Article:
Yet pot is still widely perceived by young smokers as relatively harmless, said Dr. Romina Mizrahi, director of the Focus on Youth Psychosis Prevention clinic and research program at the Centre for Addiction and Mental Health.
She cites a growing body of research that warns of significantly higher incidence of hallucinations, paranoia and the triggering of psychotic illness in adolescent users who are most predisposed.
"When you look at the studies in general, you can safely say that in those that are vulnerable, it doubles the risk."
Such fallout is increasingly evident in the 19-bed crisis monitoring unit at the Children's Hospital of Eastern Ontario in Ottawa.
"I see more and more cases of substance-induced psychosis," said Dr. Sinthu Suntharalingam, a child and adolescent psychiatrist. "The most common substance that's abused is cannabis."
One or two cases a week are now arriving on average.
"They will present with active hallucinations," Suntharalingam said. "Parents will be very scared. They don't know what's going on.
"They'll be seeing things, hearing things, sometimes they will try to self-harm or go after other people."
She and Mizrahi, an associate professor in psychiatry at University of Toronto, are among other front-line professionals who say more must be done to help kids understand potential effects.
"They know the hard drugs, what they can do," Suntharalingam said. "Acid, they'll tell us it can cause all these things so they stay away from it. But marijuana? They'll be: 'Oh, everybody does it.'"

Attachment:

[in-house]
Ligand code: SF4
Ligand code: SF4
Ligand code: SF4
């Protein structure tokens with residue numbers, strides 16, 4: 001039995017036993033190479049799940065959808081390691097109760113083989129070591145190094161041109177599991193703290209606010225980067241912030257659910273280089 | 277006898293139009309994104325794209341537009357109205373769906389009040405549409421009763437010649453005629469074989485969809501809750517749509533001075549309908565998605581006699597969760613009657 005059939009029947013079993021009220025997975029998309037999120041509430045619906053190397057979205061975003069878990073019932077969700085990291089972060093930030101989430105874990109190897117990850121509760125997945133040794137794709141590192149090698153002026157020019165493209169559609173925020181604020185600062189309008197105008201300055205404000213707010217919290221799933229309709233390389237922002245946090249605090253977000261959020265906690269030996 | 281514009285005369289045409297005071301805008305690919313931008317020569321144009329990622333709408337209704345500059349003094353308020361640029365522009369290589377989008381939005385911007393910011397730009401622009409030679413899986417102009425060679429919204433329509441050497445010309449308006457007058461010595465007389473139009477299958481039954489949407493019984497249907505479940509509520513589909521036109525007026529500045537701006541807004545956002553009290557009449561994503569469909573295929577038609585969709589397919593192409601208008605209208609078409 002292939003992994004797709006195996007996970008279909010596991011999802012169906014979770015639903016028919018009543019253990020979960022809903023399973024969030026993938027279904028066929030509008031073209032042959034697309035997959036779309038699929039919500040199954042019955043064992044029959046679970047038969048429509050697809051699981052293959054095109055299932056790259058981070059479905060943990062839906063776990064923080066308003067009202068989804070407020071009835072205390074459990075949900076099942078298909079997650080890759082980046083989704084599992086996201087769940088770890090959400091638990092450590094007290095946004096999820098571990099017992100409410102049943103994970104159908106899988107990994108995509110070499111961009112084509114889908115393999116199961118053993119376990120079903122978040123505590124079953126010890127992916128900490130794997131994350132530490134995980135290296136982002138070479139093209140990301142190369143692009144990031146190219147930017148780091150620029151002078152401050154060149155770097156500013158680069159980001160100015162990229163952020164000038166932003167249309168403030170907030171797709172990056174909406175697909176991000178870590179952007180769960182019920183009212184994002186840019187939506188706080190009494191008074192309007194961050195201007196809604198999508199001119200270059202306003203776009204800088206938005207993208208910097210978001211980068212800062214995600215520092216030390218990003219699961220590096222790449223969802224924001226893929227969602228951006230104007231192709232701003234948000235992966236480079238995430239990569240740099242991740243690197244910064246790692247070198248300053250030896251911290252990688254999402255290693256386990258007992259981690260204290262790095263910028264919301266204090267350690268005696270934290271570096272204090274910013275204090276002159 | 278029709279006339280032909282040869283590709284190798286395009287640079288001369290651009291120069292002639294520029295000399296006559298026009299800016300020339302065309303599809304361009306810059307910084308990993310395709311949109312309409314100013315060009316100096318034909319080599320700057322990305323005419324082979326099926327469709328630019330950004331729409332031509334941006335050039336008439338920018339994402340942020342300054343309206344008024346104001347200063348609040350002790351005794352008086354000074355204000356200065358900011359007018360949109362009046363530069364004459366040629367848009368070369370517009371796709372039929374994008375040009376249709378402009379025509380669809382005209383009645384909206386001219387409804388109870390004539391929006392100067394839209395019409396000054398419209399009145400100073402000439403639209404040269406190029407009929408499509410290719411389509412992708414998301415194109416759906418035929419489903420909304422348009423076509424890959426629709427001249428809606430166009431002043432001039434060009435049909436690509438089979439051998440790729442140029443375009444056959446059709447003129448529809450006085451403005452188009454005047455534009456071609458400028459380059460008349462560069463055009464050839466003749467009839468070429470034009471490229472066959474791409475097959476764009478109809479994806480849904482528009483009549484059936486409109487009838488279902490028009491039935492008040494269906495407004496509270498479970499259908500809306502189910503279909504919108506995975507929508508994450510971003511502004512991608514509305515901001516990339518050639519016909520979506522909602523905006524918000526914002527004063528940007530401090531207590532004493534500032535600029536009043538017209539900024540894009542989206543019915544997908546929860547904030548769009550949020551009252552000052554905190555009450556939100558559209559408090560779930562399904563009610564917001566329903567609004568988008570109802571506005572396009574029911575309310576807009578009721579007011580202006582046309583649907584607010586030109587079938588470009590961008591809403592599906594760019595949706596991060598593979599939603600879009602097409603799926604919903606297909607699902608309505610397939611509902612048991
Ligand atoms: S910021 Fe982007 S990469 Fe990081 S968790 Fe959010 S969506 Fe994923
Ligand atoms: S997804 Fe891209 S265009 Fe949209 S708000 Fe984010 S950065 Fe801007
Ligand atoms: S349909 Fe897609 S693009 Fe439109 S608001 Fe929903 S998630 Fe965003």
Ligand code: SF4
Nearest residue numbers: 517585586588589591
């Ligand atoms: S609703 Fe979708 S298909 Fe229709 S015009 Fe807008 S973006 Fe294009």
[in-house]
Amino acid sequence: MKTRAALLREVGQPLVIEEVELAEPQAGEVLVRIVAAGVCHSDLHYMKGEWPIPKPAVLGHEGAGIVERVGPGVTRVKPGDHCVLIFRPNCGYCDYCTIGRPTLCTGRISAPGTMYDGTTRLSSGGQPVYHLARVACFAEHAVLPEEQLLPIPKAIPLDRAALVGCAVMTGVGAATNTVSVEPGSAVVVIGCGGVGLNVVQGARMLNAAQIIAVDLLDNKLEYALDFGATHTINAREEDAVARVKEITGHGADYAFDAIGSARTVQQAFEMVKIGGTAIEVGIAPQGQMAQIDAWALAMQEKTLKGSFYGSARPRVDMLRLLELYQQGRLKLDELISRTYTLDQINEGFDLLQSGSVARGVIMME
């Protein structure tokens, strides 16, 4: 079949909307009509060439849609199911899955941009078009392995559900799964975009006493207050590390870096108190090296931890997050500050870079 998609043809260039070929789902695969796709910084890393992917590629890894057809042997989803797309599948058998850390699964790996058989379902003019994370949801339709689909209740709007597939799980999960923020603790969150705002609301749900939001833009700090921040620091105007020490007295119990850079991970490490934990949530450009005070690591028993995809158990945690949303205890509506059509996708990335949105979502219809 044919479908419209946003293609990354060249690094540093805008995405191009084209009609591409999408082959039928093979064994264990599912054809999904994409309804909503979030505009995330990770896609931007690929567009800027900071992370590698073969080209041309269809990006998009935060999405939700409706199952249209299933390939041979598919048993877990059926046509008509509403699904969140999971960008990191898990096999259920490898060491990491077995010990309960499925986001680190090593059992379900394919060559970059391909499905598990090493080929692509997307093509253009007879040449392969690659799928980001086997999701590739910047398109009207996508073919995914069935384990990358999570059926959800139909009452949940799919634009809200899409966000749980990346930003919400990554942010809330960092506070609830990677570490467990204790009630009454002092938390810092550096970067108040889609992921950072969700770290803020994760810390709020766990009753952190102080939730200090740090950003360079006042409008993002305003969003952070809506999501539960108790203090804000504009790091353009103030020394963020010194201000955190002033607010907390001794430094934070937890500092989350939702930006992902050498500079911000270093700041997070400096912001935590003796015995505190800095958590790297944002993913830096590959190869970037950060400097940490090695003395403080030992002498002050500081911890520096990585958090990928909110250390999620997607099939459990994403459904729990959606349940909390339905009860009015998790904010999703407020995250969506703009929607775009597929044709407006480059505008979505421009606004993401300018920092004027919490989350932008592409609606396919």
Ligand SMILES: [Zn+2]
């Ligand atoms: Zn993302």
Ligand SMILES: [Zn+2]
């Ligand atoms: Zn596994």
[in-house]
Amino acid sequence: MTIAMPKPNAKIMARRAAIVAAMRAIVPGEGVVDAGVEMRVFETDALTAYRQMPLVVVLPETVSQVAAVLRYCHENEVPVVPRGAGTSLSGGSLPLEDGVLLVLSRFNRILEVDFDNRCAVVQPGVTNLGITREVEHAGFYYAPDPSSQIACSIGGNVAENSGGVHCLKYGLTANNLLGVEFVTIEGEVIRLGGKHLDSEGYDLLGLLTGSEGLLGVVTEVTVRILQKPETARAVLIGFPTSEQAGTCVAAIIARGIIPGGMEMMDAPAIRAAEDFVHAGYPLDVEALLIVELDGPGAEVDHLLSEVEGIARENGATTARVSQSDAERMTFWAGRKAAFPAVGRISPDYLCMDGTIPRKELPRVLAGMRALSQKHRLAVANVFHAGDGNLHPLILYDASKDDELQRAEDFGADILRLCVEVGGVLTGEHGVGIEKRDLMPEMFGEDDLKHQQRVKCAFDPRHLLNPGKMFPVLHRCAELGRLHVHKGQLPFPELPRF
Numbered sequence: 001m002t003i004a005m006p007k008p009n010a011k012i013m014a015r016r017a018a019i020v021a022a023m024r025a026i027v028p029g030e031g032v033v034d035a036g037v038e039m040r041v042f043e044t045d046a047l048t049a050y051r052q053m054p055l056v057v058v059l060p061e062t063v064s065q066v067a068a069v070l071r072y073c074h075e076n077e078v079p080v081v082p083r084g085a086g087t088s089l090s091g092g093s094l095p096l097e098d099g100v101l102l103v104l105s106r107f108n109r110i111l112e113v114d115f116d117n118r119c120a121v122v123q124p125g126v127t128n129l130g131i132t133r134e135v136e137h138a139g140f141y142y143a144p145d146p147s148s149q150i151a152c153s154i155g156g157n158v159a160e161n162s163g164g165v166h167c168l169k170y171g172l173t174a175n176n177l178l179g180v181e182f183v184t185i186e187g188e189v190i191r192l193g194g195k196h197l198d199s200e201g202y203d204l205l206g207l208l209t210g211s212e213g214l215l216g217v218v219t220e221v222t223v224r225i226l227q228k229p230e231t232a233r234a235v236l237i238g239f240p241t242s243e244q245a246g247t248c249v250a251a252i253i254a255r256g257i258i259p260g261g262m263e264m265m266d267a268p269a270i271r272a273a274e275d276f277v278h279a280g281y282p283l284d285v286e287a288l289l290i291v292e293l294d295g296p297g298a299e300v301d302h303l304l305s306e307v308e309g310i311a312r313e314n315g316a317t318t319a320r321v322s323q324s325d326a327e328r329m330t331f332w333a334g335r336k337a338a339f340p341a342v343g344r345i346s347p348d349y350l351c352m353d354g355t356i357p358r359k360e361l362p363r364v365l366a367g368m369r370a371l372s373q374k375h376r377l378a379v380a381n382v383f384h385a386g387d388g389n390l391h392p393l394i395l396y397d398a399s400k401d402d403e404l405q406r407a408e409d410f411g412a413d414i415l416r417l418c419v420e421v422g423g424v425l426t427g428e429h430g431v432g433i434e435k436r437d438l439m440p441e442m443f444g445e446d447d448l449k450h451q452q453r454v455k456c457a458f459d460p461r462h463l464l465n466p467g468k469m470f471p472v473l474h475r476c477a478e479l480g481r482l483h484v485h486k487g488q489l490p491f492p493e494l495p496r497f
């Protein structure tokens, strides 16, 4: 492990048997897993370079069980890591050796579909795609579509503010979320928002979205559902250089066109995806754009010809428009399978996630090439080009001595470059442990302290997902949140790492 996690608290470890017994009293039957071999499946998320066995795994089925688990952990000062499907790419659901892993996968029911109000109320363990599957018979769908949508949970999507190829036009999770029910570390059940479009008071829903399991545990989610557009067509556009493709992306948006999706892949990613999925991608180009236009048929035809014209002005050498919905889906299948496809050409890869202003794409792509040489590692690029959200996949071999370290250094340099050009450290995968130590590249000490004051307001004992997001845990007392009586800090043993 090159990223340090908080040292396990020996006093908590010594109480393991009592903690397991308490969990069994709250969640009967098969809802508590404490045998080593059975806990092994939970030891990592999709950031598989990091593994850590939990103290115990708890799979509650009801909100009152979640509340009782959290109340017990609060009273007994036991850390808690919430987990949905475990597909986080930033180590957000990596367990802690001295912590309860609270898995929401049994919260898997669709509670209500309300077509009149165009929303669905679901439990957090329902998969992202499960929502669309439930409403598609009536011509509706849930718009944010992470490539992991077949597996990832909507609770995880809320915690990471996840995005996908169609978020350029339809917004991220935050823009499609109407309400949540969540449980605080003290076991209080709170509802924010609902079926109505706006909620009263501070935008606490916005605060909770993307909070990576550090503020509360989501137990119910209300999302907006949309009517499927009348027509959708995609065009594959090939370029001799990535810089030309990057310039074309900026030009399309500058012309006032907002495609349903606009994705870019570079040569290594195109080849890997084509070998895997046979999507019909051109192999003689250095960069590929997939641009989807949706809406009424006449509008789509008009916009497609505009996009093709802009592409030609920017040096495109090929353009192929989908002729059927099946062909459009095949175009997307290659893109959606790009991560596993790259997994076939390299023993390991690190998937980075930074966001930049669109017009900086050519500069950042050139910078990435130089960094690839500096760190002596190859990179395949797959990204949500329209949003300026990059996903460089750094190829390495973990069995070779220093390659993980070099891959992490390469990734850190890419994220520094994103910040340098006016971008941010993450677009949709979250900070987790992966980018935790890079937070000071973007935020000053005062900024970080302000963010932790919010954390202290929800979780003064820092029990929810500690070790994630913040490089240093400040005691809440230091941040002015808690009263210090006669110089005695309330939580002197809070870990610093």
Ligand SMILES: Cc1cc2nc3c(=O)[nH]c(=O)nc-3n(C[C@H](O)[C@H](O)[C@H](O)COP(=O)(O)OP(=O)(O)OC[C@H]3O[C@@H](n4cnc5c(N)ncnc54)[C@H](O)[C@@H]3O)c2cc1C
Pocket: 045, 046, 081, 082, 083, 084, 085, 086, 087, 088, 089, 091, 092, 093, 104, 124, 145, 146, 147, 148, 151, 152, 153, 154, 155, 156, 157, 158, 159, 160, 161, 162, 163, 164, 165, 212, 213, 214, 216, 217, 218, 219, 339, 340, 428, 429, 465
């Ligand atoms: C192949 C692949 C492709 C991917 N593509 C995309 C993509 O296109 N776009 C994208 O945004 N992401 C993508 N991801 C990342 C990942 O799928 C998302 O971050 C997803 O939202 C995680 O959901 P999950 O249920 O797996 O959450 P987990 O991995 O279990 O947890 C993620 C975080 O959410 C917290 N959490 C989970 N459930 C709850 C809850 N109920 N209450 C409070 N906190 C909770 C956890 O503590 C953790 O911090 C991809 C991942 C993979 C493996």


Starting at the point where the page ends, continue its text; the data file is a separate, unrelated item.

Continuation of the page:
Mizrahi said the message isn't getting through.
"Teenagers think that cannabis is harmless. It is not. And for some people, it's particularly dangerous."
She stressed that risk depends on many factors.
"Not every 14-year-old who smokes marijuana will have schizophrenia," she said in an interview.
Genetics, social issues, marijuana strength and frequency of use are among complex variables along with how young a person starts using the drug.
"We are starting to see this as a very important issue," Mizrahi said. "I think we have to start to talk about this."
Brain development in childhood continues through teenage years and into the early 20s, she explained. Cannabis affects how the brain's regulator — called the endocannabinoid system — controls things like mood and memory, she said.
"You're kind of tampering with or altering the system that's there to regulate other things."
Mizrahi said she typically gets feedback when she discusses this topic from people who say they've used marijuana for decades with no psychotic effect. There are also those who point out myriad medical benefits.
But psychotic episodes, when they occur, could be short-lived or trigger a longer-term illness.
The Centre for Addiction and Mental Health says marijuana use in Canada is most common among teens and young adults. It estimates past-year use in Ontario at 23 per cent for students in Grade 7 to 12, and 40 per cent for those aged 18 to 29.
Amir Englund of King's College London specializes in the effects of cannabis on the brain and behaviour. Pot with higher THC or tetrahydrocannabinol content, the ingredient that induces most psychological effects, can pack the punch of three shots of scotch versus a pint of beer, he said.
Studies of frequent adolescent users suggest those who start smoking earlier have a higher tendency to develop psychotic illnesses, he said in an interview.
"People who get an illness much earlier, their likelihood of having a bad prognosis is higher."
In Canada, pot is often more accessible to under-agers than alcohol but with no content controls. The Centre for Addiction and Mental Health, the country's largest teaching hospital of its kind, called last fall for legalization with strict regulation to reduce harm.
Mizrahi advises all young people to avoid pot until they're at least in their early 20s.
"Certainly don't do it when your brain is developing," she said. "Don't put yourself at risk."
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